NASA’s Double Asteroid Redirection Test (DART) mission encountered a small space rock called Dimorphos in late September. The impact was that it reduced 32 minutes off Dimorphos’ orbit around its larger companion, Didymos.
“DART has been a tremendous success,” Tom Stadtler, program scientist for the DART mission, said during a news conference held on Thursday (Dec. 15) in conjunction with the meeting. “I’ve seen these results, I know that they’re extremely cool.” NASA also published the early results from the mission here.
Scientists were able to witness it through the Light Italian Cubesat for Imaging of Asteroids (LICIACube). It has two cameras and was launched 15 days before DART’s impact.
“The images were indeed impressive,” Alessandro Rossi, LICIACube science team member and a scientist at the Instituto di Fisica Applicata Nella Carrara in Italy, said during the news conference. “We didn’t expect some of the features that we see.”
The scientists were able to compare Dimorphos and Didymos and tell they were quite similar.
“We have a vision of the ejecta plume from close by, we have a vision from the ground, we have the vision from Hubble Space Telescope, from the James Webb Space Telescope,” Rossi said. “So we have a lot of different geometries to compare with, and this is allowing us to clearly characterize the ejecta plume from many points of view.”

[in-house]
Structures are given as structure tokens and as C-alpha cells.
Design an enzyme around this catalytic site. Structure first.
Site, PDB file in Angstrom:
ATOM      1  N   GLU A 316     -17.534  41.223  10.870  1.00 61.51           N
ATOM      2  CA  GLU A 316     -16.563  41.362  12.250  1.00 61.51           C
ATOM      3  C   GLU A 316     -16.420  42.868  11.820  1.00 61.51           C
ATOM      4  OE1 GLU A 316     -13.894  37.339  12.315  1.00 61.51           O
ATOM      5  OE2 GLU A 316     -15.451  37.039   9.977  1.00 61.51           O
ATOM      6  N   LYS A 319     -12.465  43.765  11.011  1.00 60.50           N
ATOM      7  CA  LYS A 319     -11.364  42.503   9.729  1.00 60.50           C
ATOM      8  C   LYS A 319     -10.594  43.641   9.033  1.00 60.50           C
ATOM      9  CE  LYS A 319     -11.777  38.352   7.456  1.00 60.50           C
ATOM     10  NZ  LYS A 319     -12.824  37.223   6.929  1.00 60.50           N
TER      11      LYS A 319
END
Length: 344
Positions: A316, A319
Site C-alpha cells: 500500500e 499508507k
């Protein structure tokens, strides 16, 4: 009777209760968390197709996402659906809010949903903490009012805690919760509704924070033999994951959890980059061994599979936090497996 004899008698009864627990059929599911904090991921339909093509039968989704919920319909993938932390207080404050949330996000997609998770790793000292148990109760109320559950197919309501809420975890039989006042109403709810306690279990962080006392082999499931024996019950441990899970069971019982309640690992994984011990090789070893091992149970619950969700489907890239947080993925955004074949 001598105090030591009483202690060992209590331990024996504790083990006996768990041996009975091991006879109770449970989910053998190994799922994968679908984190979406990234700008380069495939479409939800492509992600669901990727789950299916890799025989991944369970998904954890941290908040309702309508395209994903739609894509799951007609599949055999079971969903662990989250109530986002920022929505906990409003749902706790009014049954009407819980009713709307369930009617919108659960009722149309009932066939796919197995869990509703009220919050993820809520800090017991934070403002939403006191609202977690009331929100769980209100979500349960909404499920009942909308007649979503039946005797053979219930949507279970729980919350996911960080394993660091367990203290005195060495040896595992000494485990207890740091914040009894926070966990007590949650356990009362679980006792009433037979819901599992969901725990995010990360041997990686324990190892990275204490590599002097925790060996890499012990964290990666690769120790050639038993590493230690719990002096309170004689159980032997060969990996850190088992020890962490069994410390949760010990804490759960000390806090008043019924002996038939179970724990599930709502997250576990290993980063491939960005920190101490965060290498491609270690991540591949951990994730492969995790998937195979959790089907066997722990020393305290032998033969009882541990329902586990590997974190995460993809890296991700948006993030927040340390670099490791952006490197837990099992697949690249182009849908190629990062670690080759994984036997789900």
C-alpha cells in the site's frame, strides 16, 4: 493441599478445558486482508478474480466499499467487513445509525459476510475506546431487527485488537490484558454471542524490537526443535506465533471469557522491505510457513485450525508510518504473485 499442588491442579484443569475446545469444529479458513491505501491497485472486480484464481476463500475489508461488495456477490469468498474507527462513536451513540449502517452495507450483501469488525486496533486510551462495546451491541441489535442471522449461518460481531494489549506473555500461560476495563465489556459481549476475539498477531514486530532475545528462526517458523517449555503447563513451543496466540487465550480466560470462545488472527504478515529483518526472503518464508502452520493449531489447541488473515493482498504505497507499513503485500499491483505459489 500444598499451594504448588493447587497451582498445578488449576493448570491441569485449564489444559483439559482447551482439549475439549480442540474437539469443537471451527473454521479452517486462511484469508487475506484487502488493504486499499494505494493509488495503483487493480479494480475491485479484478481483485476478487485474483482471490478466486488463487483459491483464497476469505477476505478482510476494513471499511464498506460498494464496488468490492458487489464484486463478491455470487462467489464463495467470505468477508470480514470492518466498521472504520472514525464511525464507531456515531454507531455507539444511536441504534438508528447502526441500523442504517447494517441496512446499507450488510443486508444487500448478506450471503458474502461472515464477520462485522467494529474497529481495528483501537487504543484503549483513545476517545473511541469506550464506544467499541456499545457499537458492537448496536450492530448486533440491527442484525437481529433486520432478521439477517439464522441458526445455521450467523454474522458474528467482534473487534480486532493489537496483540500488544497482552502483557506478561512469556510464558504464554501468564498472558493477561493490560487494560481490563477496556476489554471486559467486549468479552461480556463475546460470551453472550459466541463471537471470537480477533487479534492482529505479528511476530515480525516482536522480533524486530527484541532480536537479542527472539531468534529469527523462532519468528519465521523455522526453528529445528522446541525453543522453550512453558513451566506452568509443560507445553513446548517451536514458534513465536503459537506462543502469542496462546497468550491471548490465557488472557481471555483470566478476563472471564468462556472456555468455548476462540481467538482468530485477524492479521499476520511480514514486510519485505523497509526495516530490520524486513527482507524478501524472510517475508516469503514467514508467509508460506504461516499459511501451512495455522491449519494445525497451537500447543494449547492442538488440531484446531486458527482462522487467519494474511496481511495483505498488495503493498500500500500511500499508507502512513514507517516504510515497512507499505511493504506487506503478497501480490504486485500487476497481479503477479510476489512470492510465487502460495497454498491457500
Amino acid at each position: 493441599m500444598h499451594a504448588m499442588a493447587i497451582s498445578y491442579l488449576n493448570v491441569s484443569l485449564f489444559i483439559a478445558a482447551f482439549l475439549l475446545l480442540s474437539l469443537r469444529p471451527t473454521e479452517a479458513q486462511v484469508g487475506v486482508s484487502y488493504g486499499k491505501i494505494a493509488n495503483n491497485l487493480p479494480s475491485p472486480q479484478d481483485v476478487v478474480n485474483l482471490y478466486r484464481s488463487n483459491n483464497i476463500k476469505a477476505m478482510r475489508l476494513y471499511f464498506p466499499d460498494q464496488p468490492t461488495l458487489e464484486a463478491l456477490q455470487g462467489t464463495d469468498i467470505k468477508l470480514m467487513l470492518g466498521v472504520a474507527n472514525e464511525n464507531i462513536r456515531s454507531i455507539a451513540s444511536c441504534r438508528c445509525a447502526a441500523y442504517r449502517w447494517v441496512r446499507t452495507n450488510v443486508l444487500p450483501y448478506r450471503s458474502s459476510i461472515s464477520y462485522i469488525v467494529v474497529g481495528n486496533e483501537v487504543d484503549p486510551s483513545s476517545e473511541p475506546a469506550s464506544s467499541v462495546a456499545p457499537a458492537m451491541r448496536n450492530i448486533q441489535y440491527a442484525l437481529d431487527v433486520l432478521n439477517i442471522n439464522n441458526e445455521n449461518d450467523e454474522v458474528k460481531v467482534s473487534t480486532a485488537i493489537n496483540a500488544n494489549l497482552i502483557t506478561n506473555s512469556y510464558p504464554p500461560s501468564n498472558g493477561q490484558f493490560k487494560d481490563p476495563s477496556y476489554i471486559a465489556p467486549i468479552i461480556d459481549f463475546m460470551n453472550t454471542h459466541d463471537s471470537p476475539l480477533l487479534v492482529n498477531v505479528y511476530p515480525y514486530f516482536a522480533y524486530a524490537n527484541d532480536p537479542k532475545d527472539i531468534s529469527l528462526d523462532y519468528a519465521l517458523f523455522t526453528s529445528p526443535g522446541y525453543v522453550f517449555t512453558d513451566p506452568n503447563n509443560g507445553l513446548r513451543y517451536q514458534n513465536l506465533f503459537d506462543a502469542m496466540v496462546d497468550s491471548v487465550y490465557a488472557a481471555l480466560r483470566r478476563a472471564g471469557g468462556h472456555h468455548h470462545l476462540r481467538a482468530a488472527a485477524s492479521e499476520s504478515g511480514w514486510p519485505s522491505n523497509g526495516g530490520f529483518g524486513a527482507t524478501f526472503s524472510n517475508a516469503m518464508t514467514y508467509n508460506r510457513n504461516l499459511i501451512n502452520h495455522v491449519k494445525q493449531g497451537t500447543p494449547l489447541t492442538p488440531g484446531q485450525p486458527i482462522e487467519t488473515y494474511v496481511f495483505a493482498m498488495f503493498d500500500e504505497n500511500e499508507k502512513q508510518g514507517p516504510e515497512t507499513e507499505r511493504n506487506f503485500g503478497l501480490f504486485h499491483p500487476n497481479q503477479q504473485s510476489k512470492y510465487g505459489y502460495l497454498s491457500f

They have also estimated that at least 2.2 million pounds (1 million kilograms), and possibly as much as 22 million pounds (10 million kg) flew off the asteroid.
“We’re talking about a tiny, tiny fraction,” Andy Rivkin, a planetary scientist at the Johns Hopkins Applied Physics Laboratory and co-lead of DART, said in the news conference.
Scientists use a crucial number, called the “momentum transfer factor” or beta, to describe how effective an asteroid impact is. A beta of 1 is when there is no impact.
The beta factor of DART’s impact at 3.6. That value means that the asteroid picked up more than triple the momentum that it would have in a clean impact.
“This is very good news for the kinetic impact technique,” Andy Cheng, DART investigation team lead at the Johns Hopkins Applied Physics Laboratory, said during the news conference. “At least in the case of DART, the kinetic impact on the target was really efficient at changing the orbit of the target.”
“Where we’re trying to get is to have that ability to observe an asteroid, both from the ground or maybe with a reconnaissance mission, and infer what the response will be if we do deploy a kinetic impactor against it,” Stadtler said.
“From here, now, we actually get to get to our dream list, where we can start to think about the really complicated dynamical effects that were predicted, that we weren’t sure that we would be able to observe because we’d never done this before,” Thomas said. “We are looking forward to more observations that are going to allow us to study things in great detail, and I think that’s a really exciting place to be.”